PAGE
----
The 69th Patient at the Cryonics Institute is an 79-year-old female CI Member who had been living in a nursing home. Although she was a Member and the contracts had been executed four months earlier, no funding was in place for her. Under the circumstances, the Member's deanimation caught everyone far more unprepared than should have been the case for a nursing home resident. In this case, part of the problem was that no funding had been arranged and the Member was not funded until the very day of her deanimation. If she had deanimated on a weekend or holiday, funding problems would have resulted in worse care than she received.
At 4am on the morning of Friday, August 12, 2005 the Patient- Member completed an asthma treatment. At 6am she was pronounced dead. According to the nursing staff, those in the nursing home are checked every 15 minutes and our patient could not have been deanimated more than 15 minutes prior to the pronouncement. Immediately upon pronouncement the nursing staff phoned the Member's son and packed ice behind her head & neck. The Member's son phoned CI immediately and then drove to the nursing home. Arriving at 6:30pm he packed ice on his mother's face and phoned the funeral director (a man who had handled one of our 2004 patients). The funeral director arrived at 7:30am, removed the patient to his funeral home and packed her completely in ice. No cardiopulmonary support was given. No heparin was given because none was available.
Several years ago the cryonics kit that had been used in a Canadian case found its way to my apartment -- including a Brunswick heart-lung machine (thumper) and a chest of medications. In December of 2001 I also inherited a plastic bath gurney. No one other than me seemed to have room to store these things. At the time the gurney was being moved-in I decided it would be good to rent an oxygen tank, go through the supplies and have a cryonics local response training. I knew that there would be a cryonics case in the Toronto area eventually -- perhaps even me or one of the 5-10 signed-up cryonicists in the area.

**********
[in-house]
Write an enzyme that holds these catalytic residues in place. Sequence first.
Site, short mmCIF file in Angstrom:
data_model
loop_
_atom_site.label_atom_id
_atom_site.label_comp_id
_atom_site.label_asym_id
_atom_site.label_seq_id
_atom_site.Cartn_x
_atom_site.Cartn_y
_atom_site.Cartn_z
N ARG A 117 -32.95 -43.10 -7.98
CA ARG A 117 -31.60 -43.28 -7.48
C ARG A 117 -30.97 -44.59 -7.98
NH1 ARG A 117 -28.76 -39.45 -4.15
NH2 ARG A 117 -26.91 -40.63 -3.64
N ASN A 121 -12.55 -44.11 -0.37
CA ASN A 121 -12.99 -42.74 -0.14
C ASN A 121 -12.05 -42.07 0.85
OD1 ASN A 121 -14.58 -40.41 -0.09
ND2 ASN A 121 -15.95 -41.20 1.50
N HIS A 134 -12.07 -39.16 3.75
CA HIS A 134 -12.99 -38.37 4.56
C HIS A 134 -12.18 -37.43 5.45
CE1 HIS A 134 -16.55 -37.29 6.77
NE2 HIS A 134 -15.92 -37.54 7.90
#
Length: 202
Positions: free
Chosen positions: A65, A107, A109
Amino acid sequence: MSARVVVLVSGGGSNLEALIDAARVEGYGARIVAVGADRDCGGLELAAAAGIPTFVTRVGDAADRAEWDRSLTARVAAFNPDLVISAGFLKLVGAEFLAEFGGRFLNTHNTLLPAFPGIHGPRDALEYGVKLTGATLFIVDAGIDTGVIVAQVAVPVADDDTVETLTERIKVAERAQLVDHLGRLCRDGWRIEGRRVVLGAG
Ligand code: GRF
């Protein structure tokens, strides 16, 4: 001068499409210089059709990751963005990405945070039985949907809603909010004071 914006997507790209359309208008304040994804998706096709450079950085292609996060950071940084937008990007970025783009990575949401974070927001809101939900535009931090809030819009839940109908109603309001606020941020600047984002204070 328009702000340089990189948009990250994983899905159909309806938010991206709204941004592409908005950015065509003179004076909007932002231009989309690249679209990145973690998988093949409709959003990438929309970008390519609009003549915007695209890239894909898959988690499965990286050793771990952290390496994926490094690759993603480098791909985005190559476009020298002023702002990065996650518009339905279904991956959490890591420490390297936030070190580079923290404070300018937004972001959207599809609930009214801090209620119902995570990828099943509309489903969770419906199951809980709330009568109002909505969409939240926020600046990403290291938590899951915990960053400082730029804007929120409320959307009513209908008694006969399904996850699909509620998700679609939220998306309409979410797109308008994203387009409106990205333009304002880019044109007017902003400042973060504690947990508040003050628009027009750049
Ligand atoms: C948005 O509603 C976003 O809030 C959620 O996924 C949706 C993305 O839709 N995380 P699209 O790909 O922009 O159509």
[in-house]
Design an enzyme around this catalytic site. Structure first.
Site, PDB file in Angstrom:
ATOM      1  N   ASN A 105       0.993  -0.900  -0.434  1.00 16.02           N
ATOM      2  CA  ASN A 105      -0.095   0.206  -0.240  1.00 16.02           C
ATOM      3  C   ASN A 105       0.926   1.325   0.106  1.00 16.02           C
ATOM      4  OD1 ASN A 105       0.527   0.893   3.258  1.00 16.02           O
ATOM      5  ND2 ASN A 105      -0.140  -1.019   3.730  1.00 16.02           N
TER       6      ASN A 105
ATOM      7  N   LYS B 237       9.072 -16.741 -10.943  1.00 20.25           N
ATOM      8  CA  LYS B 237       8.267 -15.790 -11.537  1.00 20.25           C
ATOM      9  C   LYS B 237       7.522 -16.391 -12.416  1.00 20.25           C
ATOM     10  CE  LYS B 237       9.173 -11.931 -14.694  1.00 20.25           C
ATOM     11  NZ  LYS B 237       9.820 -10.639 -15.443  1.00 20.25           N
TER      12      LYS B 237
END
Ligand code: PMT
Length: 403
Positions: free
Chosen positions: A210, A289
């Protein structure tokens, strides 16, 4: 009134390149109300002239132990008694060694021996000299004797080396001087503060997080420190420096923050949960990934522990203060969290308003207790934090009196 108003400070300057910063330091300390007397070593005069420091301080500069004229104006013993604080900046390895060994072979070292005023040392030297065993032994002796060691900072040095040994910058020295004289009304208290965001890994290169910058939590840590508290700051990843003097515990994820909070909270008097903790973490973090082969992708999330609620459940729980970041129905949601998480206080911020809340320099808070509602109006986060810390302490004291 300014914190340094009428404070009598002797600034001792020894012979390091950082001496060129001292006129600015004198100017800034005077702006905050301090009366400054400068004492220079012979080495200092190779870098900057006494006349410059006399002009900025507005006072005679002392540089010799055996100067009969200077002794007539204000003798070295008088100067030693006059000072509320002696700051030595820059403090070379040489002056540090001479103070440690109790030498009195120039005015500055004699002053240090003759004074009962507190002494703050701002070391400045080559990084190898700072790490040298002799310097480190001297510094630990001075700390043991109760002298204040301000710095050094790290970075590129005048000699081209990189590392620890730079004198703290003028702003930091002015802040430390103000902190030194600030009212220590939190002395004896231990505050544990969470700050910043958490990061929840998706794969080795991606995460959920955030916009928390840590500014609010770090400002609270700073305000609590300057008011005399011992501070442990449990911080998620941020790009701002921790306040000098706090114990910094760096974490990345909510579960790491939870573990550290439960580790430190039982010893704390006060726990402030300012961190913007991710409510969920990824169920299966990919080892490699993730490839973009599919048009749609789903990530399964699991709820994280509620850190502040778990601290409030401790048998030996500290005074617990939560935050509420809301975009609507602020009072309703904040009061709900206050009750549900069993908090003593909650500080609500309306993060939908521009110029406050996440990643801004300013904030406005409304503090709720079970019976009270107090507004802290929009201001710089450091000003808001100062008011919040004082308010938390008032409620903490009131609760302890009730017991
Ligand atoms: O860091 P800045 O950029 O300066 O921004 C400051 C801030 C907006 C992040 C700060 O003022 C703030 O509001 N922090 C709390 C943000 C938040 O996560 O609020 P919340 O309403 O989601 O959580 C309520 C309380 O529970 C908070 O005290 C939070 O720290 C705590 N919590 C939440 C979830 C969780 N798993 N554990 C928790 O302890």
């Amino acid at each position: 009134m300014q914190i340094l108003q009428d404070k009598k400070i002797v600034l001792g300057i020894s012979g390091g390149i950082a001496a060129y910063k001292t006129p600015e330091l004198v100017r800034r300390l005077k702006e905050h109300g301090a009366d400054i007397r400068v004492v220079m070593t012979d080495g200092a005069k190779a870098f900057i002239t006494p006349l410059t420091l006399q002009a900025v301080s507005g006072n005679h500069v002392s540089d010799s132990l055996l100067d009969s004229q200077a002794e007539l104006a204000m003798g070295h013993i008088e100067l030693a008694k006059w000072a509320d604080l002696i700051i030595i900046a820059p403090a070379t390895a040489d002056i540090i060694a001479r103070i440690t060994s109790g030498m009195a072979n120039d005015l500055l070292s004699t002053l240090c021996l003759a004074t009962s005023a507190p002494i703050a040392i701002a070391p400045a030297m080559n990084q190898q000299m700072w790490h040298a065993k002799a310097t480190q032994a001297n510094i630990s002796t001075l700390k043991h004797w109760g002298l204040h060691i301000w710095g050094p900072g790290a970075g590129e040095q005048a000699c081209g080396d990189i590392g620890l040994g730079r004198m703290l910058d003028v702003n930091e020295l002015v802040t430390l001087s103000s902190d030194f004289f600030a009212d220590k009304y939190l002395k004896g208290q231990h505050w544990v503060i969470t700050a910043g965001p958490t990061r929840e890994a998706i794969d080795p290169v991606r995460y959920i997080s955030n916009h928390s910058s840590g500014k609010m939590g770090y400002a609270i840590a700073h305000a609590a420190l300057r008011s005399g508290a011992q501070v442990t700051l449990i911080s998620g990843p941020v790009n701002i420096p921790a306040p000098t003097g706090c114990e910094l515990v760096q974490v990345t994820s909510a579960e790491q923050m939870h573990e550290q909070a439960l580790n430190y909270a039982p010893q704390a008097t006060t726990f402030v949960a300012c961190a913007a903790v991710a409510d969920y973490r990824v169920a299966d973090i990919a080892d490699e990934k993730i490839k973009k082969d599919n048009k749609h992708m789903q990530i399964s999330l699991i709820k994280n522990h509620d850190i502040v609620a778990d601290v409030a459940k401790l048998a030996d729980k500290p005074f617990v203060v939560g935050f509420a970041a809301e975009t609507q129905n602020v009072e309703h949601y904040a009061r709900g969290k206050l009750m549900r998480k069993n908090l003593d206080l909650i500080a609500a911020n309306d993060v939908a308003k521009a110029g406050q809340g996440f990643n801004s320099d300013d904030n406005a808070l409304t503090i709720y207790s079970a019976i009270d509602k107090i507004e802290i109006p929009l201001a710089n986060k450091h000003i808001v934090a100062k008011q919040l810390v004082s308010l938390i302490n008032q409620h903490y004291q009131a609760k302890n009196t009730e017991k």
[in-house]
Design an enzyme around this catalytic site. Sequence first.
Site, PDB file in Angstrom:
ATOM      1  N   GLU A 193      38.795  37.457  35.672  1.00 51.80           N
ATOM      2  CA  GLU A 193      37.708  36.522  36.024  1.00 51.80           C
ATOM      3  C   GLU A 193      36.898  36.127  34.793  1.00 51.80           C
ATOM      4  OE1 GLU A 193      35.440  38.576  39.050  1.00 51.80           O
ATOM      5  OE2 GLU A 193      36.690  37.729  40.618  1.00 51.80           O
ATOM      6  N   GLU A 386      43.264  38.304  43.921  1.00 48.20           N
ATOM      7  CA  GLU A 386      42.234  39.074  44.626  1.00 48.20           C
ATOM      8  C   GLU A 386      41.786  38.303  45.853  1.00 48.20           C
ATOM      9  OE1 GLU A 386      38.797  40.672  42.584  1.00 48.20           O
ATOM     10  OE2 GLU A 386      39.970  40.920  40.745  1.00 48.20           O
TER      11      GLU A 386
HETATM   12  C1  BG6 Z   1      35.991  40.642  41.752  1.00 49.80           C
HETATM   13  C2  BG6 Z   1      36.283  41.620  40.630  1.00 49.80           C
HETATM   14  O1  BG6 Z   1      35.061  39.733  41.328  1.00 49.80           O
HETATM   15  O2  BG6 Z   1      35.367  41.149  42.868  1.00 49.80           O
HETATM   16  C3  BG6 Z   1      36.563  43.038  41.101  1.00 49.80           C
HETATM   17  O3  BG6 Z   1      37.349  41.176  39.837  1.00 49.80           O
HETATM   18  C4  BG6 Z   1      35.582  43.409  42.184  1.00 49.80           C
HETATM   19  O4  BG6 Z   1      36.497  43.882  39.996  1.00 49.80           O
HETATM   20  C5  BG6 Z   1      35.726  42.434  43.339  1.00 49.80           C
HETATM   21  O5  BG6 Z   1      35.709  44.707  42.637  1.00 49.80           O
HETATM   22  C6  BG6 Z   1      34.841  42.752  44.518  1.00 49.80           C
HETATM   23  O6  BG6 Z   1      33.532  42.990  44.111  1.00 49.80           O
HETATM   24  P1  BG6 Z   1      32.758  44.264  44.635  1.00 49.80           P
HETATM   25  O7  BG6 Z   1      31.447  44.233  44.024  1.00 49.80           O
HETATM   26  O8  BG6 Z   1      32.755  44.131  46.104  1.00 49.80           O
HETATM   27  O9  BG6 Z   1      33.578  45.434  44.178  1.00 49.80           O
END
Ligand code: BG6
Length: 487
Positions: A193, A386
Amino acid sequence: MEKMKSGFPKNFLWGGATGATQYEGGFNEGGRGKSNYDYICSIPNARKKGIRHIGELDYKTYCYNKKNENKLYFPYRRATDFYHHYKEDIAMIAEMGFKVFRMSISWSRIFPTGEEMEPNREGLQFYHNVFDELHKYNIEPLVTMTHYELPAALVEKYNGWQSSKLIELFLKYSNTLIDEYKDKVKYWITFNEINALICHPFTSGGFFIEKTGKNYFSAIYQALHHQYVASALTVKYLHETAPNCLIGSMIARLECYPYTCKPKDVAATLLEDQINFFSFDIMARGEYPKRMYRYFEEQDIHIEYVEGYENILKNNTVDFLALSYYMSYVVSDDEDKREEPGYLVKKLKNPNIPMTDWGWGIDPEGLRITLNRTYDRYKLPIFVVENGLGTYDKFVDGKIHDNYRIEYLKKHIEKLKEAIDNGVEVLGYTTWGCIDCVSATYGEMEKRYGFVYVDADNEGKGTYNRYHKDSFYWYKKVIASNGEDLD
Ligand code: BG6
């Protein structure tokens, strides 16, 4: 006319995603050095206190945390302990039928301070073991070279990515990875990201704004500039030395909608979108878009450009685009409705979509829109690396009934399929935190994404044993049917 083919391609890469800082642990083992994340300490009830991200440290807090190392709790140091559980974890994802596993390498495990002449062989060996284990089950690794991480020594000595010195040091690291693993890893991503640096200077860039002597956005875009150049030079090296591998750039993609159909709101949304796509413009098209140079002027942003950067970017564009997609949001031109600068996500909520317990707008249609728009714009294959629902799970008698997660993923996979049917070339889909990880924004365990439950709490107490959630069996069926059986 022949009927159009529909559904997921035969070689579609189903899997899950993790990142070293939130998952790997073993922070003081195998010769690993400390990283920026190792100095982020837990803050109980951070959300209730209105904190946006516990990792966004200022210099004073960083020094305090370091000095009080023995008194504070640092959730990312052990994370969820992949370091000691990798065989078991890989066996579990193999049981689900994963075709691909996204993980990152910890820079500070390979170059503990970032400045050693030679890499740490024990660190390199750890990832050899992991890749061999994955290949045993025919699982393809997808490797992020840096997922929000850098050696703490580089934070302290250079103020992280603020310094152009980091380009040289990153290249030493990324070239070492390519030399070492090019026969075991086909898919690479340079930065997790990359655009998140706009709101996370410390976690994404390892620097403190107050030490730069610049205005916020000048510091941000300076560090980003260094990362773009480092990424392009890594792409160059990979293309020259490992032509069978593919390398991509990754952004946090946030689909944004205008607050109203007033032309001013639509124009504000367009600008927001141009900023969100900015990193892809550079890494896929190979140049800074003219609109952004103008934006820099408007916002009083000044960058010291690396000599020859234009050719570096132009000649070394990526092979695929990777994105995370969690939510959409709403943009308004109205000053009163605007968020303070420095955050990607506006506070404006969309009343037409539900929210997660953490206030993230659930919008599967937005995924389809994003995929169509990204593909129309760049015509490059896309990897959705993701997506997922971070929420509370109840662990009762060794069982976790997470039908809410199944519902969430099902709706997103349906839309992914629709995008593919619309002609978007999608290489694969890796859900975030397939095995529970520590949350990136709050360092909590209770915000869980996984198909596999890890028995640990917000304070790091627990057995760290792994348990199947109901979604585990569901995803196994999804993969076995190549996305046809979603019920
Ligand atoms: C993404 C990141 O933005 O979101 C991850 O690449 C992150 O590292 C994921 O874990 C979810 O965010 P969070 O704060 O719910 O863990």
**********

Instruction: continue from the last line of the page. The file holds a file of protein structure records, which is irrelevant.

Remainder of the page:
(For background on cryonics emergency response protocol, see Emergency Preparedness for a Local Cryonics Group.) Veteran cryonicist Keith Henson had recently moved to Toronto -- seeking refuge from California Scientologists with whom he had been fighting in the courts. They had him charged with the "hate crime" of persecuting a "religious minority". He was able to show our local cryonics group how to use our Brunswick thumper. We had discussions about other meds and equipment we might need and how we might respond to a cryonics case in Toronto.
On Thursday, February 10 the Cryonics Institute perfused the dog of one of our Members, Kevin Boyle. This was the second time we perfused the dog of one of our Members with Dr. Yuri Pichugin's Vitrification Mixture (VM).
Kevin had been ruefully watching the declining health of his beloved dog Thor and had come to the difficult decision to euthanize so as to optimize the conditions of cryopreservation. Thor had a pitiful limp due to worsening degenerative myelopathy in his hind legs. The once powerful dog was down to two-thirds his original weight. As Kevin monitored Thor's condition he struggled to decide when would be the best time to euthanize. Kevin didn't want to lose his companion too soon, but neither did he want to risk an untimely death which would reduce the chance for good cryopreservation.
When Thor's deterioration became unquestionable, Kevin finally bit the bullet. Thor, Kevin and Kevin's girlfriend Cheryl loaded into Kevin's van and drove to Michigan from Massachusetts. At 9 am that fateful Thursday morning I was met at the door of the CI Facility by a very sad-looking Kevin. Kevin and Cheryl spent their last hour together with Thor at CI. Cheryl too was obviously upset about Thor's condition and the prospect of euthanasia.